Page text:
In our latest article, Paul Heugh, founder and CEO of Skarbek Associates, reflects on the efficiency of executing strategy from the office and home…
Strategy execution is easy to say and hard to do. Sat in the HQs of organisations around the world, it is hard to make happen, whether in the boardroom, the smallest office, or open desk space. How hard is it from home though?
For many years, my Mondays were dominated by one hour POC (Performance and Operations Committee) meetings. A one hour telephone call with the 17 person strong global leadership of GSK’s multi-billion pound Consumer Division. This meeting was created to bring an intense focus on our strategic priorities. We were turning around the business from low growth to higher growth and we wanted to create a sense of ‘we are all in this together’. We wanted to be on top of performance, successes and weaknesses and we wanted to leverage the power of cross functional teams to resolve issues with a touch of military precision. Like many of the world’s largest organisations, we had monthly leadership meetings where we were together in person for one and a half to two days, for deep dives on key strategies. But, the Monday meetings were focused on turning the strategy into results and the coordination needed to do that.
The POC had three standing agenda items:
• Performance: Updates from each of the regional and major market presidents
• Key Issues: A brief discussion of the plan and immediate action needed to resolve them
• Communications: Keeping all the leaders in the loop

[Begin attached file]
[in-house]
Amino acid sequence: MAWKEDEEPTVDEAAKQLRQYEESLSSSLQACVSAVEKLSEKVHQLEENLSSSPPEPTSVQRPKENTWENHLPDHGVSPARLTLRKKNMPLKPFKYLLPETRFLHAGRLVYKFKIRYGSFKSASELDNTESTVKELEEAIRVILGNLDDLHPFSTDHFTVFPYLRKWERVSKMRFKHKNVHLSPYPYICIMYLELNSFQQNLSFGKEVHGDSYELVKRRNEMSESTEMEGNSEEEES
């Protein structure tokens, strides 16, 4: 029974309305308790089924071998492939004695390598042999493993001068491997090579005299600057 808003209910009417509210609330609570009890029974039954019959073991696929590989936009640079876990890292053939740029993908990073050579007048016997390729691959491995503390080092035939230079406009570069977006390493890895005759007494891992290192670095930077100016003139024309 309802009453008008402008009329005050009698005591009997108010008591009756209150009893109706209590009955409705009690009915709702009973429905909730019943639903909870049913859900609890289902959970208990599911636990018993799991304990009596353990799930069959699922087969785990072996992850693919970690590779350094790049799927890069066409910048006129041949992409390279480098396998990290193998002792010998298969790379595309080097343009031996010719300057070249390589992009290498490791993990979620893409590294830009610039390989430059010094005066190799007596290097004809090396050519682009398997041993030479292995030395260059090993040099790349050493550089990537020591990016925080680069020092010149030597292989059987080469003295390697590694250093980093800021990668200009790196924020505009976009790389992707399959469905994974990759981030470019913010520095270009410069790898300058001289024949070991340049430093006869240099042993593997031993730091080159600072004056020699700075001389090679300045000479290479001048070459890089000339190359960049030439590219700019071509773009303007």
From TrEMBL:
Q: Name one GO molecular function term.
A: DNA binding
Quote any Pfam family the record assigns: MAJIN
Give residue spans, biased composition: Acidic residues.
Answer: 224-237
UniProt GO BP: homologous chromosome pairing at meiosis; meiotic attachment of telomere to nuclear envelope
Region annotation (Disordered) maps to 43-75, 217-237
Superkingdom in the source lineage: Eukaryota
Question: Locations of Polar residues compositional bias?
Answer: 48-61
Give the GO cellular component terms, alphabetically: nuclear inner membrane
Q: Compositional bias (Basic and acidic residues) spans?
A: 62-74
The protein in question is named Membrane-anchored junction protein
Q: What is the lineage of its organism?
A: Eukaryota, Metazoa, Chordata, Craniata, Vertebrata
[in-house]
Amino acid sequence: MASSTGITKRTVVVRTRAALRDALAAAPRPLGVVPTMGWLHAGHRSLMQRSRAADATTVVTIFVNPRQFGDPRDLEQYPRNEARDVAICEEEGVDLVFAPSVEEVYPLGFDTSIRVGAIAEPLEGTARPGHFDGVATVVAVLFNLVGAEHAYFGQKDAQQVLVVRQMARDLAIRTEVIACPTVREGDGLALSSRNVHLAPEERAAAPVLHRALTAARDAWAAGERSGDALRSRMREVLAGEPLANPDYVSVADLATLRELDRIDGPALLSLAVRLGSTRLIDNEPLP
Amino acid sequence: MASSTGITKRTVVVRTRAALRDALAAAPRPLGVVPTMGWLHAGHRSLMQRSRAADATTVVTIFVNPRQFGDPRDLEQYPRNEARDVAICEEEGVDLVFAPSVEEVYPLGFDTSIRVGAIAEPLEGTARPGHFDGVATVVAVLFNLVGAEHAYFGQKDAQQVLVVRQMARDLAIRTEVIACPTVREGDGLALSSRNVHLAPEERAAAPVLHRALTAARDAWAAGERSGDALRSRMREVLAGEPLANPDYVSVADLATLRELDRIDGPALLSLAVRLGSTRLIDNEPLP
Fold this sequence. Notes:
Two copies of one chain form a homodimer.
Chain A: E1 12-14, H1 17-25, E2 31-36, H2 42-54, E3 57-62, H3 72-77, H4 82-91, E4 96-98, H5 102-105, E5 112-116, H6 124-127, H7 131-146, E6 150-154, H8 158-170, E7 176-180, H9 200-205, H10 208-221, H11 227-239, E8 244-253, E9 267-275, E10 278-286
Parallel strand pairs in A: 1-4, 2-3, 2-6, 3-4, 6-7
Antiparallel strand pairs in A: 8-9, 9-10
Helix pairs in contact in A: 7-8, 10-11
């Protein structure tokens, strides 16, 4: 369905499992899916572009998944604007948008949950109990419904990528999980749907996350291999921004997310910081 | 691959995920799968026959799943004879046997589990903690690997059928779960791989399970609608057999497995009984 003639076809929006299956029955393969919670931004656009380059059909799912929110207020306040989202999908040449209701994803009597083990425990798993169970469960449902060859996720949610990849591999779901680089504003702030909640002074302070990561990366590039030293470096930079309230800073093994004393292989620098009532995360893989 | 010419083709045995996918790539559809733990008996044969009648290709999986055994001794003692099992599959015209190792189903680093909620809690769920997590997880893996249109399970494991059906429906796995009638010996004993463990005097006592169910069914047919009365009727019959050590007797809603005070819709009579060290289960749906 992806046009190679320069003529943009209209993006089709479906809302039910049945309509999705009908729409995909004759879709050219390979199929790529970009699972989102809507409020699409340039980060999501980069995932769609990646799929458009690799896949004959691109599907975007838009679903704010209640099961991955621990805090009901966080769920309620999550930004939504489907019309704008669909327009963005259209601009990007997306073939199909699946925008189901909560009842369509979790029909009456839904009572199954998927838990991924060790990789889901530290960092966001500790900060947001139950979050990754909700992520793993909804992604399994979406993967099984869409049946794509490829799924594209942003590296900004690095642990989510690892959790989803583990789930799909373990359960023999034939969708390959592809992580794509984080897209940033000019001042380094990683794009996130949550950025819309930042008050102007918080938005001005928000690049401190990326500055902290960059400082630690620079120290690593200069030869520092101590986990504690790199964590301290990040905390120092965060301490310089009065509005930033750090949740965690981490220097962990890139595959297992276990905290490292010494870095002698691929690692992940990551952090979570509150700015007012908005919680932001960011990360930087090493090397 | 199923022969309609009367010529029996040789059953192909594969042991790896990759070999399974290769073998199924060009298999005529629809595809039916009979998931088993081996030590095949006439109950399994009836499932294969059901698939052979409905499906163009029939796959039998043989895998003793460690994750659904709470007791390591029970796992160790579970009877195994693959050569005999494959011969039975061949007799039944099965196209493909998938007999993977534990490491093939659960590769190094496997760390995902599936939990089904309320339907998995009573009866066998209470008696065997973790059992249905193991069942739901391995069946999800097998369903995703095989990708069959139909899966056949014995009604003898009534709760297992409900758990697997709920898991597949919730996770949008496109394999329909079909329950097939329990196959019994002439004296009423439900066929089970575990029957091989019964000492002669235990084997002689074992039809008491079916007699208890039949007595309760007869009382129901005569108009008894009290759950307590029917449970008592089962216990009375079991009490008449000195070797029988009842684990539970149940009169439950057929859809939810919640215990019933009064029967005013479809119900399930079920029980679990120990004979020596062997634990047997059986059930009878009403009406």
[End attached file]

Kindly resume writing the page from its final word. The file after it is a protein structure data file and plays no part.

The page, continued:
It’s interesting to look back now on the process and dynamics of this meeting. My role for POC was to organise and run the meeting, sort the agenda and get it out by COB Friday, ensure that if there were any deputies representing their bosses, that they knew what was expected. My boss would let me know if there were any special topics – often a crisis, or urgent matter requiring global coordination. Sometimes these would come up by request, or I’d pick up through back channels. Action notes from the previous meeting and the agenda were circulated by e-mail and also lodged on our collaborative site.
About five minutes before the call, we’d open the line and I would take the register of attendees and then, when the boss arrived, recap for him who was online. Often there would be a brief couple of minutes banter which he would kick off – sports results, humorous anecdotes, or simply enquiring about people. The more intense the crisis, the more everyone appreciated this brief “human” moment. Once the tone was set, I would recap actions and affirm they had all been completed, or the owner would update on the work in progress. The POC started as a meeting many attended with reluctance, taking a precious hour out of every Monday. Over the months though it came to symbolise the rhythm of the business, everyone knew where we were versus the budget, everyone knew the issues and as the head of communications said, “we leave the POC with one version of the truth”, or as we describe it now, with shared consciousness.
The Benefits of POC Meetings